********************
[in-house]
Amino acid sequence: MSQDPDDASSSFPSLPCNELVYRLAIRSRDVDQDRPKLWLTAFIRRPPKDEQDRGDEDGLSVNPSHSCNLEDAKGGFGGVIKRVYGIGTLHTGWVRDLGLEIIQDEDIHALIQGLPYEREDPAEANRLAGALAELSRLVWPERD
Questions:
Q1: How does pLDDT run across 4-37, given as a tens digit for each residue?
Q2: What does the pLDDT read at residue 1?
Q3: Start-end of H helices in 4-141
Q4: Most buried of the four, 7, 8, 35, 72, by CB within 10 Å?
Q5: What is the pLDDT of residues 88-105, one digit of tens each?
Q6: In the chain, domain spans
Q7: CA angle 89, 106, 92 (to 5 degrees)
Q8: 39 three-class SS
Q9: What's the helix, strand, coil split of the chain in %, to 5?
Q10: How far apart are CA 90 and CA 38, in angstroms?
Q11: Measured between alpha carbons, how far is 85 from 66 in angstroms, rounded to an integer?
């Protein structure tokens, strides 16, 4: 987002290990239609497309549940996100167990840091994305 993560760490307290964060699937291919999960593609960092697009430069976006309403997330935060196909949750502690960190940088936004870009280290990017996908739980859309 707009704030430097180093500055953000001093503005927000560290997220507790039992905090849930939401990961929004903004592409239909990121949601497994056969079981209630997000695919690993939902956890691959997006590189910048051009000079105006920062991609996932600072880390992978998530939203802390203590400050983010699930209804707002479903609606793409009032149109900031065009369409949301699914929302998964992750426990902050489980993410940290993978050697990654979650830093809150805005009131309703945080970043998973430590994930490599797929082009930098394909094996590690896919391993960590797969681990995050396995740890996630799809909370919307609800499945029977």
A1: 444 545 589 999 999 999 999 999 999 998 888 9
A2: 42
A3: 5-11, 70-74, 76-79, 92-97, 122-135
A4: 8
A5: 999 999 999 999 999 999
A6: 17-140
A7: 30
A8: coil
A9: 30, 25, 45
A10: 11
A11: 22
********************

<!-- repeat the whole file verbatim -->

[in-house]
Amino acid sequence: MSQDPDDASSSFPSLPCNELVYRLAIRSRDVDQDRPKLWLTAFIRRPPKDEQDRGDEDGLSVNPSHSCNLEDAKGGFGGVIKRVYGIGTLHTGWVRDLGLEIIQDEDIHALIQGLPYEREDPAEANRLAGALAELSRLVWPERD
Questions:
Q1: How does pLDDT run across 4-37, given as a tens digit for each residue?
Q2: What does the pLDDT read at residue 1?
Q3: Start-end of H helices in 4-141
Q4: Most buried of the four, 7, 8, 35, 72, by CB within 10 Å?
Q5: What is the pLDDT of residues 88-105, one digit of tens each?
Q6: In the chain, domain spans
Q7: CA angle 89, 106, 92 (to 5 degrees)
Q8: 39 three-class SS
Q9: What's the helix, strand, coil split of the chain in %, to 5?
Q10: How far apart are CA 90 and CA 38, in angstroms?
Q11: Measured between alpha carbons, how far is 85 from 66 in angstroms, rounded to an integer?
């Protein structure tokens, strides 16, 4: 987002290990239609497309549940996100167990840091994305 993560760490307290964060699937291919999960593609960092697009430069976006309403997330935060196909949750502690960190940088936004870009280290990017996908739980859309 707009704030430097180093500055953000001093503005927000560290997220507790039992905090849930939401990961929004903004592409239909990121949601497994056969079981209630997000695919690993939902956890691959997006590189910048051009000079105006920062991609996932600072880390992978998530939203802390203590400050983010699930209804707002479903609606793409009032149109900031065009369409949301699914929302998964992750426990902050489980993410940290993978050697990654979650830093809150805005009131309703945080970043998973430590994930490599797929082009930098394909094996590690896919391993960590797969681990995050396995740890996630799809909370919307609800499945029977």
A1: 444 545 589 999 999 999 999 999 999 998 888 9
A2: 42
A3: 5-11, 70-74, 76-79, 92-97, 122-135
A4: 8
A5: 999 999 999 999 999 999
A6: 17-140
A7: 30
A8: coil
A9: 30, 25, 45
A10: 11
A11: 22